# Thread: 2 convergence in distribution questions

1. ## 2 convergence in distribution questions

First one:
Suppose $X_n \sim Bin(n, p)$. Show that as $n \rightarrow \infty$
$
\frac{X^2_n - n^2 p^2}{2(pn)^\frac{3}{2} \sqrt{1-p})} \stackrel{D}{\rightarrow} Z \sim N(0,1)
$

In a previous question I proved that $\frac{X_n - np}{\sqrt{np(1-p)}} \stackrel{D}{\rightarrow} Z \sim N(0,1)$, so for this one, do I just have to show that the left hand side is $X^2_n$ and that from the continuous mapping theorem, it also converges in distribution to Z as well. But I got stuck on showing that the left hand side is $X^2_n$ so I'm not sure if that's the way to go.

Second one:
Show that $(1-X_n)^{-1} \stackrel{D}{\rightarrow} (1-X)^{-1}$ given that $X_n \sim P(X_n = \frac{i}{n}) = \frac{1}{n}, i = 0, 1, 2, 3, .. n-1$
I tried to prove it using the MGF of Xn but I got stuck on the algebra after
$
E(e^{\lambda X_n}) = \sum_{x=\frac{i}{n}}^{\frac{n-1}{n}} e^{\lambda x} P(X=x)
$

I'm not even sure the sum is right since I didn't write anything down for i. Is using the MGF the way to go or should I go back to the definition or use some other method?

2. For your first question, the key trick is to write $X_n^2-n^2p^2=(X_n-np)(X_n+np)$. You know that $X_n-np$, suitably normalized, converges in distribution. As for $X_n+np$, the LLN shows that $\frac{X_n+np}{np}=\frac{X_n}{np}+1$ converges almost-surely (and hence in distribution) to 2.

For the second one, do you have an intuition of what $X_n$ looks like? Once you have it, prove that $(X_n)_n$ converges in distribution to you-guessed-what, using the cumulative distribution function (which I prefer) or the MGF. Then deduce the result about $\frac{1}{1-X}$.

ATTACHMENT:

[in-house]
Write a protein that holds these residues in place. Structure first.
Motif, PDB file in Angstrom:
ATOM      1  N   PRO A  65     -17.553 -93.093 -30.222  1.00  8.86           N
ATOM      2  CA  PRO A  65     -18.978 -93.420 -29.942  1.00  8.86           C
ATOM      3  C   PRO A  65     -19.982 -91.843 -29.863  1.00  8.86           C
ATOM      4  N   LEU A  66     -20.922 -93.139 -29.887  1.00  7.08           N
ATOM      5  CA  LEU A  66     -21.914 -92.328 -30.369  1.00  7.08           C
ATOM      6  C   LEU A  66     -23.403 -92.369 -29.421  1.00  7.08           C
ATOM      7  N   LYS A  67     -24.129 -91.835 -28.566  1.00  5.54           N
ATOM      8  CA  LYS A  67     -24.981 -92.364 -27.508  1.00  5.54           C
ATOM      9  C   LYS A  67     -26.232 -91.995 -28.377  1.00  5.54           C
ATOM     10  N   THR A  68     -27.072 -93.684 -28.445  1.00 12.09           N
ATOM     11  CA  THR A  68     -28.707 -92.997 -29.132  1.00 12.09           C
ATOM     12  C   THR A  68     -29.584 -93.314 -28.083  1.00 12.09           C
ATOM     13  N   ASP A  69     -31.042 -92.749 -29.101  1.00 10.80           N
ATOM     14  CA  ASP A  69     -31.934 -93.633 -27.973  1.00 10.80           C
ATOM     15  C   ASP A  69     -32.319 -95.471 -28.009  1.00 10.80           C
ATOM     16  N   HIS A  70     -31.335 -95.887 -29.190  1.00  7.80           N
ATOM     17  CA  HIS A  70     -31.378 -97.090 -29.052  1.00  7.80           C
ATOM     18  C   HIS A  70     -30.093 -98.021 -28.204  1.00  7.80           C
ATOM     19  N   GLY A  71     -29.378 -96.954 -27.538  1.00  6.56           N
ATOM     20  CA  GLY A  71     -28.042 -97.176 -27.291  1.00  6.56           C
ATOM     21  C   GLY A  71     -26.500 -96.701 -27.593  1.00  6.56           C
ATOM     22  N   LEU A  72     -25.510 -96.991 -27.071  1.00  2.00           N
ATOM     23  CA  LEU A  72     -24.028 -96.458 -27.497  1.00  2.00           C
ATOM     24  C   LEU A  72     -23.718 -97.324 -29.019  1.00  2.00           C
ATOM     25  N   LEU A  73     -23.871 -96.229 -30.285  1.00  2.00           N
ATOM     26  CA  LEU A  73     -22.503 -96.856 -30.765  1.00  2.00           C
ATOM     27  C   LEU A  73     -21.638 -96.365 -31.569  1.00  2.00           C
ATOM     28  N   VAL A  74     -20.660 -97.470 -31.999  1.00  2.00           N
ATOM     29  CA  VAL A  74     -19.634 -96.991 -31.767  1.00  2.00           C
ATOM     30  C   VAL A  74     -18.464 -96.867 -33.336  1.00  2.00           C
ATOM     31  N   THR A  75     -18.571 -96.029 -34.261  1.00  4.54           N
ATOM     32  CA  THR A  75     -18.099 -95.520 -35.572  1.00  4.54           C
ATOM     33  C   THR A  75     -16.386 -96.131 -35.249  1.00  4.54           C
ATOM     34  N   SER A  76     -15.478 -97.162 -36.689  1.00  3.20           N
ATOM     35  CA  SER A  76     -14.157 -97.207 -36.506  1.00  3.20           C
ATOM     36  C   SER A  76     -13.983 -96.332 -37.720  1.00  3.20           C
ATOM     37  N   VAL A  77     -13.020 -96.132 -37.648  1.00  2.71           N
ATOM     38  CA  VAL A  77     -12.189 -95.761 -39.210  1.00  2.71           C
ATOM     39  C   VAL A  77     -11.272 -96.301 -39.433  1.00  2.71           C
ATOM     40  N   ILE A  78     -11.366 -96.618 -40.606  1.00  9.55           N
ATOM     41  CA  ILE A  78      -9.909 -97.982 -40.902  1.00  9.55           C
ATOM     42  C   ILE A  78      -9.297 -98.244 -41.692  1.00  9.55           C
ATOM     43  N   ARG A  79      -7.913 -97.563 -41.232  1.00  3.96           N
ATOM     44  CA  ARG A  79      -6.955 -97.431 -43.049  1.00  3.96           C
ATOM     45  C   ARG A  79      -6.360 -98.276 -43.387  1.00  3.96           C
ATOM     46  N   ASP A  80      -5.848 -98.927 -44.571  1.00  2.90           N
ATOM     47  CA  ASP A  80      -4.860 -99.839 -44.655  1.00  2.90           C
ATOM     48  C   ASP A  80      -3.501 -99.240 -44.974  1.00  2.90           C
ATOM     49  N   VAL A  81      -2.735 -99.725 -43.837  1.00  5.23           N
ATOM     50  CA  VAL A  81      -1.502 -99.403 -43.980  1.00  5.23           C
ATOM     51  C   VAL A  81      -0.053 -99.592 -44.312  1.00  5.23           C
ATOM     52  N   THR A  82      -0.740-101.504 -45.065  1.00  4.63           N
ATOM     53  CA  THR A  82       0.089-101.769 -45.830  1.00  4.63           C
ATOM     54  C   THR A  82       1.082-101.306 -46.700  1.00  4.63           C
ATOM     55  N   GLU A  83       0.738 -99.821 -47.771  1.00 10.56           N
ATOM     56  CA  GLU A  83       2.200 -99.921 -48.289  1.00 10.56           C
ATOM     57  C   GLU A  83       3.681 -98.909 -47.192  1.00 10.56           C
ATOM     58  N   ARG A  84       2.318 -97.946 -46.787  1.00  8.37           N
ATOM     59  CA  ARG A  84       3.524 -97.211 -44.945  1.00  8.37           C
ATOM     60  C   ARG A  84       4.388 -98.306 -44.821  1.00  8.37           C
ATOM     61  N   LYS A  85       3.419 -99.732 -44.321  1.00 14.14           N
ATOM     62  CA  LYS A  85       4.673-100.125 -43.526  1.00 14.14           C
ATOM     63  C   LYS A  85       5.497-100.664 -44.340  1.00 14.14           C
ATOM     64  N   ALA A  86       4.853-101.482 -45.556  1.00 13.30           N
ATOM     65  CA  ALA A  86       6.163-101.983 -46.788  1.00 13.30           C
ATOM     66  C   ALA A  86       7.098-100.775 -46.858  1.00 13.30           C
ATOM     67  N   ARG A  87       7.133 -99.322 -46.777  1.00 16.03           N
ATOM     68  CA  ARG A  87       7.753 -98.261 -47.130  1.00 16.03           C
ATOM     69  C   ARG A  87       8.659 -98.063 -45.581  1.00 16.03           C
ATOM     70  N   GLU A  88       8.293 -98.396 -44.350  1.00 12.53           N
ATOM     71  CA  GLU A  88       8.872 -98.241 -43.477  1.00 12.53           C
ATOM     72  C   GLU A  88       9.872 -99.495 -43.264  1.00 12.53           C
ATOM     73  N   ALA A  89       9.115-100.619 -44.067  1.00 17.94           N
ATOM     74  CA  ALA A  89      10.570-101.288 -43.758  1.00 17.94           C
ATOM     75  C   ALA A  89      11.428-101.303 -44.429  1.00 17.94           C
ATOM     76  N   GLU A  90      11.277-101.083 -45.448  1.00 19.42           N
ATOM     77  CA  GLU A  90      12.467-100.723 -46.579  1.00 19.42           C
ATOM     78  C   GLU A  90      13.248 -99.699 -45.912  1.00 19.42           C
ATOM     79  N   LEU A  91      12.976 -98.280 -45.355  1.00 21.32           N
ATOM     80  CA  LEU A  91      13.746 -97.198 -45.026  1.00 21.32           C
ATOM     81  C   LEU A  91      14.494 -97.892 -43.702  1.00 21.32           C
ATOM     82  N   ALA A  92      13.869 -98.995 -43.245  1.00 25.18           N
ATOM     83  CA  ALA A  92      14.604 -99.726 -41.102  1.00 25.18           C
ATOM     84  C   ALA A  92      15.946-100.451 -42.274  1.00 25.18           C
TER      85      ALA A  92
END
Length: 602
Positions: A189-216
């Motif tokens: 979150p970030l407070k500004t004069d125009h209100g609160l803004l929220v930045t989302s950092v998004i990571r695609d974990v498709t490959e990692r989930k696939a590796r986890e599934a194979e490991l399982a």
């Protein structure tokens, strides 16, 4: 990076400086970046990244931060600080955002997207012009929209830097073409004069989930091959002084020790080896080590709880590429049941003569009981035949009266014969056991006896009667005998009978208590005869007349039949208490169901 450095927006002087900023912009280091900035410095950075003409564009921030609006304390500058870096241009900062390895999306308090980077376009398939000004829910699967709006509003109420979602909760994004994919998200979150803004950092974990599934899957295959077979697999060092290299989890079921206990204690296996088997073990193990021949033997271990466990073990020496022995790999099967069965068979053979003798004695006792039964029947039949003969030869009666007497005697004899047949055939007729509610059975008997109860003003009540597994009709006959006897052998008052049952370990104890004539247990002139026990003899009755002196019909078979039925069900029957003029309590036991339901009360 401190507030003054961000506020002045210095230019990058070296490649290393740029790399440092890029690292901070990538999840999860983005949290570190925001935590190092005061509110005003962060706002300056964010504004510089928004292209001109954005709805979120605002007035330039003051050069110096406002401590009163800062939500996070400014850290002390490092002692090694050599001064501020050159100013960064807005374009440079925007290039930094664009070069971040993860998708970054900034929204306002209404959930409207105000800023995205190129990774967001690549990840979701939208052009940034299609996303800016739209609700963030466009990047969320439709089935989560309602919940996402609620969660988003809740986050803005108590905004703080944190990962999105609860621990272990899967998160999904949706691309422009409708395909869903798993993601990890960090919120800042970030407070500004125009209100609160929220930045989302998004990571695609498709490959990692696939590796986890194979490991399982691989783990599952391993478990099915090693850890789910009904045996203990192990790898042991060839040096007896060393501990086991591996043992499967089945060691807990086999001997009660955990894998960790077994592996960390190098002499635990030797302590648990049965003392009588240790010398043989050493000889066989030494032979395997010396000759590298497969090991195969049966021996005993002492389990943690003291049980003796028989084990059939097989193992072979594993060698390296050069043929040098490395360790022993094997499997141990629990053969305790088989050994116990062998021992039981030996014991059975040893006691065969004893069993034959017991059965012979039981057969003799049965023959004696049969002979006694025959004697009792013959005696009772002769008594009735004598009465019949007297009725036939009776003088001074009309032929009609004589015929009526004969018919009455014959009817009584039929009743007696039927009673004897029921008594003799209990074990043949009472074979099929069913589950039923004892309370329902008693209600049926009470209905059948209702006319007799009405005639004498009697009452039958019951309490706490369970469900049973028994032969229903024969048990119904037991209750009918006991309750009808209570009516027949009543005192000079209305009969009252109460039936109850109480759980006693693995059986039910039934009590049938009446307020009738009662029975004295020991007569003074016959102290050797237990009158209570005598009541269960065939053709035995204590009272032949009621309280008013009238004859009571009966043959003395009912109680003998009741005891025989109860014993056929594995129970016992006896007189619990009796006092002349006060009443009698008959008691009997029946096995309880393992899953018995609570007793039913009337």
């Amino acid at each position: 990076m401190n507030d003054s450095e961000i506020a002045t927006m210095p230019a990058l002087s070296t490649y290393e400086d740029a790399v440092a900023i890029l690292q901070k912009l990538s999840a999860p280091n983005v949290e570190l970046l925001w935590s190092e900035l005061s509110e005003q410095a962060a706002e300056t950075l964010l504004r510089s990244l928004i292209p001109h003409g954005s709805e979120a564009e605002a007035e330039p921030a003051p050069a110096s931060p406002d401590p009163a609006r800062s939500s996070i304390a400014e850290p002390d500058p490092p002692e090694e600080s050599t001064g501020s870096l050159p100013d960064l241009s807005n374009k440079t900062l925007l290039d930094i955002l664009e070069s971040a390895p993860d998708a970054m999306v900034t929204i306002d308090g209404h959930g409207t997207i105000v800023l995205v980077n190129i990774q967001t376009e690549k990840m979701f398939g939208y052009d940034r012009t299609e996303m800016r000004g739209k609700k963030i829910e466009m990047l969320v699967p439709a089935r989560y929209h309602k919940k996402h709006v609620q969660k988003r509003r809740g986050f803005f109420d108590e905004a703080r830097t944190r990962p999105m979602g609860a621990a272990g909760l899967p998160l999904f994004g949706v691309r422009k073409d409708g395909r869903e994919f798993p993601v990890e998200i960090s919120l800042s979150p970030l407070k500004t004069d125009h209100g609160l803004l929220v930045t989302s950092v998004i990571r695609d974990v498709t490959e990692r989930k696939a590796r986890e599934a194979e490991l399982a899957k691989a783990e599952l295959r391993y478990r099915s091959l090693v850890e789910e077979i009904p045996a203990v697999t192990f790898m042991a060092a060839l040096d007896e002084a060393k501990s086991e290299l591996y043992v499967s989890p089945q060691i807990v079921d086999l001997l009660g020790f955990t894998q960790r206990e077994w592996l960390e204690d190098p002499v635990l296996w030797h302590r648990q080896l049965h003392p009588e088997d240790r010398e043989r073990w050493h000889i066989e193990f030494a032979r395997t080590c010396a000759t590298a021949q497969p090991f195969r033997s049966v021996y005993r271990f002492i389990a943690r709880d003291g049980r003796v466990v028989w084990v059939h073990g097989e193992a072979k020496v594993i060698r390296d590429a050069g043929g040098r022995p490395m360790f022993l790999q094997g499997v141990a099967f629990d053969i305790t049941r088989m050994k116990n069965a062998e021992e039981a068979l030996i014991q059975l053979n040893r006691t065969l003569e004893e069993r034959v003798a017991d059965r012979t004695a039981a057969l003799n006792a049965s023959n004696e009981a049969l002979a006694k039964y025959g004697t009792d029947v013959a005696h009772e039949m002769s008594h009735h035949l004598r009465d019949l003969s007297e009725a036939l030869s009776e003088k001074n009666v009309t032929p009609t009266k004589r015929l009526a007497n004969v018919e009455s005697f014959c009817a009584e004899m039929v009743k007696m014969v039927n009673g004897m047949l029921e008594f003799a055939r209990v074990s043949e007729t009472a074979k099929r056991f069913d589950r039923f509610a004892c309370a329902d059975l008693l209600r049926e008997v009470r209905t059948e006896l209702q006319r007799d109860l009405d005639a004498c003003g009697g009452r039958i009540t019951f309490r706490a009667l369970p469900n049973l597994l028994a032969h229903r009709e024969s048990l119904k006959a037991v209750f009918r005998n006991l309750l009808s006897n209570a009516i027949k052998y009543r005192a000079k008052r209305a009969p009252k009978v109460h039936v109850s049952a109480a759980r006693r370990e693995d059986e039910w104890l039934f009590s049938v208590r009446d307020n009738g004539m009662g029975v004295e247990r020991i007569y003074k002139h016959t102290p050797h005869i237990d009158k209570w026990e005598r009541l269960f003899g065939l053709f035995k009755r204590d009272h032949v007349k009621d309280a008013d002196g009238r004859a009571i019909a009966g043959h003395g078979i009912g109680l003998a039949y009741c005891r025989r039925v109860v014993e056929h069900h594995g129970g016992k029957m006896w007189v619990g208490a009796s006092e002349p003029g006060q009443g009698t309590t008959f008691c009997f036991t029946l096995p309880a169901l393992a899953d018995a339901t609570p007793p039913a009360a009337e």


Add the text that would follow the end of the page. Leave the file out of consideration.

By the way, the MGF is $E[e^{\lambda X_n}]=\sum_{i=0}^{n-1}e^{\lambda\frac{i}{n}}P(X_n=\frac{i}{n})=\sum_{i =0}^{n-1}e^{\lambda\frac{i}{n}}\frac{1}{n}$. You can simplify this expression (sum of $n$ terms in a geometric sequence...).

3. Ok so for the first one:
$
\frac{X^2_n - n^2 p^2}{2(pn)^\frac{3}{2} \sqrt{1-p})} = \frac{X_n - np}{\sqrt{np(1-p)}} \frac{X_n + np}{np} \frac{1}{2}
$

$
\frac{X_n+np}{np} = \frac{X_n}{np} +1
$
converges to 2
In a previous question I found that $\frac{X_n - np}{\sqrt{np(1-p)}}$ converged in distribution to N(0,1), then the above equation converges to N(0,1) as well.

I'm still a bit lost on the second question though.
Xn is discrete normal (?) from 0-1 with probability 1/n then X is continuous normal from 0-1 as well.
$
E[e^{\lambda X_n}] = \sum_{i=0}^{n-1} e^{\lambda\frac{i}{n}}\frac{1}{n} = \frac{n-1}{n} \sum_{i=0}^{n-1} e^{\lambda\frac{i}{n}}
$

$
E[e^{\lambda X}] = \int_{0}^{1} e^{\lambda X} dx = \frac{e^{\lambda x} - 1}{\lambda}
$

Not sure what to do with the sigma part in the first MGF still.

4. Second part: $X_n$ is chosen uniformly in $\{0,\frac{1}{n},\ldots,\frac{n-1}{n}\}$. As $n$ tends to $+\infty$, $X_n$ looks more and more like it were uniformly distributed on $[0,1]$, doesn't it? There's no normal distribution here.

$E[e^{\lambda X_n}] = \sum_{i=0}^{n-1} e^{\lambda\frac{i}{n}}\frac{1}{n} = \frac{1}{n}\sum_{i=0}^{n-1}\left(e^{\frac{\lambda}{n}}\right)^i=\frac{1}{n} \frac{e^{\lambda}-1}{e^{\frac{\lambda}{n}}-1}$ and $e^{\frac{\lambda}{n}}-1\sim \frac{\lambda}{n}$ as $n$ tends to $\infty$...

5. Oops, I meant discrete and continuous uniform, must've been mixed up from the first question

$\frac{1}{n}\frac{e^{\lambda}-1}{e^{\frac{\lambda}{n}}-1} \rightarrow \frac{e^\lambda -1}{\lambda}$ as $n$ tends to $\infty$ which is $E[e^{\lambda X}]$

Thank you so much for your help Laurent.